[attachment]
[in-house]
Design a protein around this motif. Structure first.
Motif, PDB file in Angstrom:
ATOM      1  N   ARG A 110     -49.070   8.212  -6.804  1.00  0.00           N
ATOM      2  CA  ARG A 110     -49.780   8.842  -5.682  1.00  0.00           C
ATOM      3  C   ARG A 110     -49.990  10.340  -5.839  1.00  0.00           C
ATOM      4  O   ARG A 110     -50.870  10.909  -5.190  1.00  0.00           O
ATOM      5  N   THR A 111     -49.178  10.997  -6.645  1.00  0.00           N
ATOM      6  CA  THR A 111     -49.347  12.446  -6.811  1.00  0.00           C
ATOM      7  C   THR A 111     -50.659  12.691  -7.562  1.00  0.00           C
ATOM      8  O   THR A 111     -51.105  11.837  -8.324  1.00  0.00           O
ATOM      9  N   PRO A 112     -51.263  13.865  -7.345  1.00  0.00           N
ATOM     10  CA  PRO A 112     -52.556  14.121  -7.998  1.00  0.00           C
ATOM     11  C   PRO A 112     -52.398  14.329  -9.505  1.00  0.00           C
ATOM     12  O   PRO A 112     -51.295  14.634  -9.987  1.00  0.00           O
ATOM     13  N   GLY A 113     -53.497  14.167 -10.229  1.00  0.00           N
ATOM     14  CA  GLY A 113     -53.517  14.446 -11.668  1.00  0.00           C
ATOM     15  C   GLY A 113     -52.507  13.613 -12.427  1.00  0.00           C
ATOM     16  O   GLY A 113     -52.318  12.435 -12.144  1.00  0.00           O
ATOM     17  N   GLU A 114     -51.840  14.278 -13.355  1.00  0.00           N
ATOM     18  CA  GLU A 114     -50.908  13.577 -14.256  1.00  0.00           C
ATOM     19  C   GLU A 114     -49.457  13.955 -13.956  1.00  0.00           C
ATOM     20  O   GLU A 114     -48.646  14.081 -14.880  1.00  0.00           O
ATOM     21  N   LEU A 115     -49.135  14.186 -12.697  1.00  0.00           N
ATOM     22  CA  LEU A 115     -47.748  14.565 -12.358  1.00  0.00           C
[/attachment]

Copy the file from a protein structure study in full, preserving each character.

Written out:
[in-house]
Design a protein around this motif. Structure first.
Motif, PDB file in Angstrom:
ATOM      1  N   ARG A 110     -49.070   8.212  -6.804  1.00  0.00           N
ATOM      2  CA  ARG A 110     -49.780   8.842  -5.682  1.00  0.00           C
ATOM      3  C   ARG A 110     -49.990  10.340  -5.839  1.00  0.00           C
ATOM      4  O   ARG A 110     -50.870  10.909  -5.190  1.00  0.00           O
ATOM      5  N   THR A 111     -49.178  10.997  -6.645  1.00  0.00           N
ATOM      6  CA  THR A 111     -49.347  12.446  -6.811  1.00  0.00           C
ATOM      7  C   THR A 111     -50.659  12.691  -7.562  1.00  0.00           C
ATOM      8  O   THR A 111     -51.105  11.837  -8.324  1.00  0.00           O
ATOM      9  N   PRO A 112     -51.263  13.865  -7.345  1.00  0.00           N
ATOM     10  CA  PRO A 112     -52.556  14.121  -7.998  1.00  0.00           C
ATOM     11  C   PRO A 112     -52.398  14.329  -9.505  1.00  0.00           C
ATOM     12  O   PRO A 112     -51.295  14.634  -9.987  1.00  0.00           O
ATOM     13  N   GLY A 113     -53.497  14.167 -10.229  1.00  0.00           N
ATOM     14  CA  GLY A 113     -53.517  14.446 -11.668  1.00  0.00           C
ATOM     15  C   GLY A 113     -52.507  13.613 -12.427  1.00  0.00           C
ATOM     16  O   GLY A 113     -52.318  12.435 -12.144  1.00  0.00           O
ATOM     17  N   GLU A 114     -51.840  14.278 -13.355  1.00  0.00           N
ATOM     18  CA  GLU A 114     -50.908  13.577 -14.256  1.00  0.00           C
ATOM     19  C   GLU A 114     -49.457  13.955 -13.956  1.00  0.00           C
ATOM     20  O   GLU A 114     -48.646  14.081 -14.880  1.00  0.00           O
ATOM     21  N   LEU A 115     -49.135  14.186 -12.697  1.00  0.00           N
ATOM     22  CA  LEU A 115     -47.748  14.565 -12.358  1.00  0.00           C